SEATTLE, Washington — As part of Boeing’s plan to increase 737 production rates to 47 and beyond, and to prepare for the introduction of the MAX at gradually increasing rates, the company is introducing an automated wing assembly process that will reduce flow time by more than one-third.

Dubbed the panel assembly line (PAL), the system was developed by Mukilteo, Washinton-based automated manufacturing specialist Electroimpact, and will be installed in the Renton site where Boeing currently produces the wing.  “Construction is well under way and we are bringing in machines this year as we prove out the qualification of those,” said 737 Business Operations director Elizabeth Schryer. “This new process reduces flow, defects and the footprint.  It gives us the capacity to do other things and it gives us a better build process for our employees from a safety perspective as well as produces better quality,” she added. 

The introduction of the PAL process builds on the shift to the horizontal build line for the 737 wing, which came in 2012 as part of the longer term rate increase from 35 aircraft per month to the current 42 per month. The horizontal build-up system, which replaced the traditional system of drilling and fastening in static vertical jigs, also introduced automated machines made by Electroimpact and sped up the wing build lower skin assembly process by 35%. “This is another step in implementing a redesign of the wing line,” said 737 director of Factory Operations, Marty Chamberlin.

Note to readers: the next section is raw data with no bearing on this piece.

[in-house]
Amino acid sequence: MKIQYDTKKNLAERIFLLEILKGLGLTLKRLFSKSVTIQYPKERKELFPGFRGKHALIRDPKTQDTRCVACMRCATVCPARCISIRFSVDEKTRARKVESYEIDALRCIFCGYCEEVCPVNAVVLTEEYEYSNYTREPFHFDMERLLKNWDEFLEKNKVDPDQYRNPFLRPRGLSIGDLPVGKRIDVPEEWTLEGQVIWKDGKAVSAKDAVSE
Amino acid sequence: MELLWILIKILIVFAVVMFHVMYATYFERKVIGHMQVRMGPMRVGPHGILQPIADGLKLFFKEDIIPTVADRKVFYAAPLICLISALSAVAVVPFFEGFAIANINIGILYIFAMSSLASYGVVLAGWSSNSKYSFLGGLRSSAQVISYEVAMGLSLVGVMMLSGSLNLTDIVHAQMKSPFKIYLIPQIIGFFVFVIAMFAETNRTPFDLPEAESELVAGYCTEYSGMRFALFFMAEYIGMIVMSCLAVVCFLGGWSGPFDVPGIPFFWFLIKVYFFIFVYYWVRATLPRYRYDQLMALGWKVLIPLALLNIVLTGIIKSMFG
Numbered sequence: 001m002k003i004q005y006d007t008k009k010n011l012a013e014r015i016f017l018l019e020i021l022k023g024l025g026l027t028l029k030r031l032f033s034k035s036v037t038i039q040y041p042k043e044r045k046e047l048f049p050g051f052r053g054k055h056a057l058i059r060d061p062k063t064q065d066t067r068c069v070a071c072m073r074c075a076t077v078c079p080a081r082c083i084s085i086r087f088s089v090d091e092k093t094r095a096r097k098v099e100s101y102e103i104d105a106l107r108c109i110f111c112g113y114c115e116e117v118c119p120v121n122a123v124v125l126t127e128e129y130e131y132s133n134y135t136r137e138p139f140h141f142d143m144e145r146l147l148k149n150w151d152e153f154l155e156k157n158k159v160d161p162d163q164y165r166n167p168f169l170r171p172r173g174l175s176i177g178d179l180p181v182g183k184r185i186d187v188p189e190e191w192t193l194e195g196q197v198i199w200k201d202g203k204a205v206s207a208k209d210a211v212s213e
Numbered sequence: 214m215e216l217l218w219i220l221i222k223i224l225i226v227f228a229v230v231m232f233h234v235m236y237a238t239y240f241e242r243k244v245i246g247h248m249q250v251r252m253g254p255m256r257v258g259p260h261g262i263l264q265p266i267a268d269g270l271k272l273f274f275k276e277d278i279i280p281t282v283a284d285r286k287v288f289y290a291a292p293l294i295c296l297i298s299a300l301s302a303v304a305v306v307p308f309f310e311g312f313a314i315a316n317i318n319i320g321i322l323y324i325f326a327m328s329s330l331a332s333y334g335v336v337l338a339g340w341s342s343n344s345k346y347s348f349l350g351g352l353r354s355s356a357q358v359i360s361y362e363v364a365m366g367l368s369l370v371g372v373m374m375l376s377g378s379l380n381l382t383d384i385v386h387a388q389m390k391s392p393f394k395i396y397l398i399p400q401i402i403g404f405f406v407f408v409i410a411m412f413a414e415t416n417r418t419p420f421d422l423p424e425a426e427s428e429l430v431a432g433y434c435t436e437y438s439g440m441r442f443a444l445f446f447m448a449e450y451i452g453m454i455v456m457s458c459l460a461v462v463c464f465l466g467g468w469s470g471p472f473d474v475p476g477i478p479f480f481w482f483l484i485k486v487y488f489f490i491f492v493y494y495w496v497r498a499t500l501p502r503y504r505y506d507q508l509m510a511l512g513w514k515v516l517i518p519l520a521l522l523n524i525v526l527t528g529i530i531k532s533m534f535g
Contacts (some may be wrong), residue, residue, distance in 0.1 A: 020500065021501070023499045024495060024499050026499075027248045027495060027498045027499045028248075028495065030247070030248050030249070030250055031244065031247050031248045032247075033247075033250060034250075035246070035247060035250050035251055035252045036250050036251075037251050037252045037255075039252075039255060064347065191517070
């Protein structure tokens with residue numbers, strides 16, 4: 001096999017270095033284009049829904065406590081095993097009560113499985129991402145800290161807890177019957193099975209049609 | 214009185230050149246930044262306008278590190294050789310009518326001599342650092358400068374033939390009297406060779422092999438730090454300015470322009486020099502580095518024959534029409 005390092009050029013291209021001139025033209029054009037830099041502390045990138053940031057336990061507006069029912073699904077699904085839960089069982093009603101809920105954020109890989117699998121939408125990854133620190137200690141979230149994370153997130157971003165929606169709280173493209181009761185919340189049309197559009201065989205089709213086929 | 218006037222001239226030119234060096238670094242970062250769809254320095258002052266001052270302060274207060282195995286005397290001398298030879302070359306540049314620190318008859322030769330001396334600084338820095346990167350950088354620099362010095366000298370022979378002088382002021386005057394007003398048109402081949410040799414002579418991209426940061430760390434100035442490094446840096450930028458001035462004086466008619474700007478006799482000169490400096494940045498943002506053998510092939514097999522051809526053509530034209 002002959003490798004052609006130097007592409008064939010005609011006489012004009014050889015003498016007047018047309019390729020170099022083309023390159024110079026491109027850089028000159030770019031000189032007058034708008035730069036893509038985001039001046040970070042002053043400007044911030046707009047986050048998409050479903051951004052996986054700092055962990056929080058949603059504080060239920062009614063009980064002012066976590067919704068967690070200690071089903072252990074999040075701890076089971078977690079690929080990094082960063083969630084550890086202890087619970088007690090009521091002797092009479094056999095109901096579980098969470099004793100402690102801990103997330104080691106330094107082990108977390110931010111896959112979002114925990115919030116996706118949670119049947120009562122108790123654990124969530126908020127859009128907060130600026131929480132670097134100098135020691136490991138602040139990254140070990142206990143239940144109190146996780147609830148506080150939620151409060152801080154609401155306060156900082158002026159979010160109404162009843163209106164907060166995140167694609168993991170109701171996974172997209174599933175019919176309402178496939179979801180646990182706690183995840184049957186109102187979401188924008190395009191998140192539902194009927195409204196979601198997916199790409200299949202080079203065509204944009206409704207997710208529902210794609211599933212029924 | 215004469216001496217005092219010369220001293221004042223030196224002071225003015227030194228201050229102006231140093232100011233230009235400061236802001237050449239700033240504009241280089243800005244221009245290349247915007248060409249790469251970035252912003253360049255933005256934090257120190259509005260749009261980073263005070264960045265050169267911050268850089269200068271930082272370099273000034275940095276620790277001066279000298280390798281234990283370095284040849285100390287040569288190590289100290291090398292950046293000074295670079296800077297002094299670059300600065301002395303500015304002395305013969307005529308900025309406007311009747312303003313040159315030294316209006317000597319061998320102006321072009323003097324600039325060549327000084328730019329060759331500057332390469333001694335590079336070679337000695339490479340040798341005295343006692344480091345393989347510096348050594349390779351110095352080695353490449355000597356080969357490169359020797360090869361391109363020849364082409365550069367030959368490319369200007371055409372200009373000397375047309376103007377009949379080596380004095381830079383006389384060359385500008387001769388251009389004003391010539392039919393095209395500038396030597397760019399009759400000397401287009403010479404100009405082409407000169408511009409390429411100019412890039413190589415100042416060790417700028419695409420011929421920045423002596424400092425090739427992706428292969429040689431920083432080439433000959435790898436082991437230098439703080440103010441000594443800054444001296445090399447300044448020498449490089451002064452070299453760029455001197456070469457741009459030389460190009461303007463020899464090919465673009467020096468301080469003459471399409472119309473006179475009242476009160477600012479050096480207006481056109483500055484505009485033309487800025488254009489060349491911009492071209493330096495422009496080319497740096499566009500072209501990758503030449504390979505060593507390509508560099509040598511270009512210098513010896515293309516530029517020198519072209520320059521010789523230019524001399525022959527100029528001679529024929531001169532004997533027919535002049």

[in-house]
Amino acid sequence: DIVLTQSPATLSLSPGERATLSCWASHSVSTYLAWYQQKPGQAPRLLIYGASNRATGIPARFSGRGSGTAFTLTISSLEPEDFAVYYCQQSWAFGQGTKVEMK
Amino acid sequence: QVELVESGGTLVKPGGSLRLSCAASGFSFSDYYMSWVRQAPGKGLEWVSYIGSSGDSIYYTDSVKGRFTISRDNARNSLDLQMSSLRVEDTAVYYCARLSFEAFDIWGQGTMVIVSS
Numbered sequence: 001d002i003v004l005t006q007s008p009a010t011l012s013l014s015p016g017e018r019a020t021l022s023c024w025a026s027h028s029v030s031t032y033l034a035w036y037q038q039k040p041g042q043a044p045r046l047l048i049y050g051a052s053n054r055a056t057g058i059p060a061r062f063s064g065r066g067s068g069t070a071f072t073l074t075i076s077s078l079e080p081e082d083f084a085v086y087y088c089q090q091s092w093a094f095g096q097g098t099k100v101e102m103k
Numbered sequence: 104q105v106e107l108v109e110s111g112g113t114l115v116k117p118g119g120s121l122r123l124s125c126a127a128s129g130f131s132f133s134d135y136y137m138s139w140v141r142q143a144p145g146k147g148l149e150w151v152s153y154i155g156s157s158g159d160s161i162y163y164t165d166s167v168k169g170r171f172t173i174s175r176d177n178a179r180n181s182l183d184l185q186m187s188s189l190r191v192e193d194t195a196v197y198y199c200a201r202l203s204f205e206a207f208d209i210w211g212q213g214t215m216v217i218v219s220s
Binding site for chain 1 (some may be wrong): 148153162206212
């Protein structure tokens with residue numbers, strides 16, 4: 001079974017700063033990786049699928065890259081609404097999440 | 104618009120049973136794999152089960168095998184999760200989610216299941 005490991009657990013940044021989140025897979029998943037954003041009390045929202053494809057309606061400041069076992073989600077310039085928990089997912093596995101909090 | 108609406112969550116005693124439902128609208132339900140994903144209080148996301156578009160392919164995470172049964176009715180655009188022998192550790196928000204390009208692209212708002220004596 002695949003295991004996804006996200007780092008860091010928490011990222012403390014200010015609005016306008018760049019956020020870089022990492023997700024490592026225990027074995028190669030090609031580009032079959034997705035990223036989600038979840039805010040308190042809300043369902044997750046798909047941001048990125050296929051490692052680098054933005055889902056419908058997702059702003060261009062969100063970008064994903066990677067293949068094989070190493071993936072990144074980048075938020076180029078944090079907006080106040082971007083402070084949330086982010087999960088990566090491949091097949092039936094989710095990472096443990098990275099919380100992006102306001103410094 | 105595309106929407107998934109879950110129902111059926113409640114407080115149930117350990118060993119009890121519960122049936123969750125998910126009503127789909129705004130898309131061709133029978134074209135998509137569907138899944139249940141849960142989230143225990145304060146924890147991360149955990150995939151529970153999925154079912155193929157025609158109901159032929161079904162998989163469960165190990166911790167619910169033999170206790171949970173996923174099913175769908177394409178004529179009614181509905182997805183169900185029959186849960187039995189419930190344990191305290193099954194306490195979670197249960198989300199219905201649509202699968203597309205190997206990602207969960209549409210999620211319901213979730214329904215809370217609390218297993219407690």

Boeing says the automated process of fastening stringers to skin panels for in-spar layup will be twice as fast as the original process and is designed to cut factory flow time by 33%.  It also expects defects to be cut by around 60% and, almost as importantly for the space-constrained Renton site, will reduce the current wing manufacturing site footprint by 50%. The system uses lasers to precisely position drill heads over the curved surfaces of the wing.

Major foundations for the machine beds have been installed, with provision for about 70 per line. The redesigned system also includes a transition to a monorail system that will move panels from station in a pulsed process, rather than by the current overhead crane.  The PAL will be gradually phased in to the assembly process during 2015.